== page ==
Let me first say that I still stand by my previous comments that PostgreSQL is in much less need of a native 64-bit version on Windows than other databases - and less than PostgreSQL on other platforms. (Both this and the previous post talk about server-side support, having support client-side in libpq and ODBC is obviously important)
That said, I am now happy to say that with the effort of several people, it looks like we now have basic 64-bit support for PostgreSQL on Windows. During the past couple of weeks I have cleaned up and extended the patch from Tsutomu Yamada, which in itself builds on the work of several others, and applied it to cvs. As of today, you can build and run PostgreSQL on 64-bit Windows from the official repository.
This is obviously just the beginning. Unfortunately, Windows in general seems to be lagging behind quite severely on the 64-bit front, and this appears to be particularly true of the open source libraries. I've so far been unable to find 64-bit builds of many of the libraries we rely on for full functionality (gettext, zlib, libxml, libxslt, libiconv, tcl, uuid). While in theory support for these things should show up as soon as they are available, that's obviously not tested. If you know where I can download complete 64-bit binaries (including .lib and .h files for development) of any of these projects, please let me know.
Also, this is not very well tested yet. It passes all the PostgreSQL regression tests. That's pretty much all the tests I've been running on it. This is obviously a point where a lot of people can help - so please do. I have made a set of pre-alpha binaries available here. This is a bare-bones build of cvs head earlier today - things like OpenSSL that do have 64-bit binaries available is also disabled. It comes with no installer - just unzip into a directory, and use the initdb and pg_ctl commands directly. So if you have a 64-bit environment, please download and test this against your application!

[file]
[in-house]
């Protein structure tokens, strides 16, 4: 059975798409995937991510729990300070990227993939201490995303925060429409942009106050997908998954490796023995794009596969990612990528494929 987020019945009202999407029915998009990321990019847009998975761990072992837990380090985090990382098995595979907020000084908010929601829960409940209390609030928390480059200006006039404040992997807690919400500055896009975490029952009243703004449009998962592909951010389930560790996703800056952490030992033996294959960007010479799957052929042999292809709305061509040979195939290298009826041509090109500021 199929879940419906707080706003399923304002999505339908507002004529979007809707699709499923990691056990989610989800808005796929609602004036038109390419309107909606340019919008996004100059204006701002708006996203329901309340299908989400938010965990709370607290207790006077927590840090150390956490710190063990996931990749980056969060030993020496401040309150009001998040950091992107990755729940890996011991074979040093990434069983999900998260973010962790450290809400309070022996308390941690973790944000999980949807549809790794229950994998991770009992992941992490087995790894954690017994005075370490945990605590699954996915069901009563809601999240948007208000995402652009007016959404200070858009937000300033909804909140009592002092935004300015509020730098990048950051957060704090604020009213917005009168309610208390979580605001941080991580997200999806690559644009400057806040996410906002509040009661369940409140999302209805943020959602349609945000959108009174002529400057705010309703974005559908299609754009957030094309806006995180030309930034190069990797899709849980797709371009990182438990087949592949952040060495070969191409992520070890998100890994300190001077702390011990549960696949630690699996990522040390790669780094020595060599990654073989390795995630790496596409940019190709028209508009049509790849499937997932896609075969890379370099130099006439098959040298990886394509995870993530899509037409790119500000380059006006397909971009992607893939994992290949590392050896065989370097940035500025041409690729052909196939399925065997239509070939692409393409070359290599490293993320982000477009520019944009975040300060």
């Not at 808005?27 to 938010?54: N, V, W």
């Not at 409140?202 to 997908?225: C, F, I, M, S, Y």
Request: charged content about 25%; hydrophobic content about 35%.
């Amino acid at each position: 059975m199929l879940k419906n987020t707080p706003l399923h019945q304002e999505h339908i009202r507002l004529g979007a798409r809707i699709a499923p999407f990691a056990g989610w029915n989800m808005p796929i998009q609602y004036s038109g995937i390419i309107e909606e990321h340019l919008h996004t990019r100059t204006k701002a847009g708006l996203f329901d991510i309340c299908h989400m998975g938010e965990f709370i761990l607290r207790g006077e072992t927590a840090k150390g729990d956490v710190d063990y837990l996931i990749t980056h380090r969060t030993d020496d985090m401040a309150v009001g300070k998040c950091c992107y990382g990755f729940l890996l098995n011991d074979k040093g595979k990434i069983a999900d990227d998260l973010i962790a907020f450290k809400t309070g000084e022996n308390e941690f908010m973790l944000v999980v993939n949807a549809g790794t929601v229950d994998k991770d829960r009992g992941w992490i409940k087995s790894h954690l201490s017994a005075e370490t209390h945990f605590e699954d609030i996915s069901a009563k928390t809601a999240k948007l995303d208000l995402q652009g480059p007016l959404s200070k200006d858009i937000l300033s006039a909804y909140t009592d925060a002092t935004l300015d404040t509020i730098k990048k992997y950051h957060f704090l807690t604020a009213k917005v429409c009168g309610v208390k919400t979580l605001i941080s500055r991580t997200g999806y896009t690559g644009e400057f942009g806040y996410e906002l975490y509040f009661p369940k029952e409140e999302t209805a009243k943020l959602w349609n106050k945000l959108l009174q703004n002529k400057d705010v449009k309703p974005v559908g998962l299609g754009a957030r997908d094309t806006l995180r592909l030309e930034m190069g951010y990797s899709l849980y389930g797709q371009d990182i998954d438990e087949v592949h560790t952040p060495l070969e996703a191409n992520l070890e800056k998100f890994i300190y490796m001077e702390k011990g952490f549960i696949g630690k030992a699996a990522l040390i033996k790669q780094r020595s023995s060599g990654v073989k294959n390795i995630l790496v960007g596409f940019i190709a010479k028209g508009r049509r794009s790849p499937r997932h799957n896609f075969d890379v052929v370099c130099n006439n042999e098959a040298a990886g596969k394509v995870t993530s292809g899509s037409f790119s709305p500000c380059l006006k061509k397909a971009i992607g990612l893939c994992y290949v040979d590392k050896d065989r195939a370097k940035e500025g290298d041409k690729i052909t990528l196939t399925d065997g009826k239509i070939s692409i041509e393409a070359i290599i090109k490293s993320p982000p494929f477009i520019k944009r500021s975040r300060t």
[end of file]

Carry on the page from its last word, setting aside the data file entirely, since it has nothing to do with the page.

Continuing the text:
Many people who develop patches for PostgreSQL don't have access to Windows machines to test their patches on. Particularly not with complete build environments for the MSVC build on them. The net result of this is that a fair amount of patches are never tested on Windows until after they are committed. For most patches this doesn't actually matter, since it's changes that don't deal with anything platform specific other than that which is already taken care of by our build system. But Windows is not Posix, so the platform differences are generally larger than between the different Unix platforms PostgreSQL builds on, and in MSVC the build system is completely different. In a non-trivial number of cases it ends up with breaking the buildfarm until somebody with access to a Windows build environment can fix it. Lucky, we have a number of machines running on the buildfarm with Windows on them, so we do catch these things long before release.
There are a couple of reasons why it's not easy for developers to have a Windows machine ready for testing, even a virtual one. For one, it requires a Windows license. In this case the same problem with availability for testing exists for other proprietary platforms such as for example Mac OSX, but it's different from all the free Linux/Unix platforms available. Second, setting up the build environment is quite complex - not at all as easy as on the most common Linux platforms for example. This second point is particularly difficult for those not used to Windows.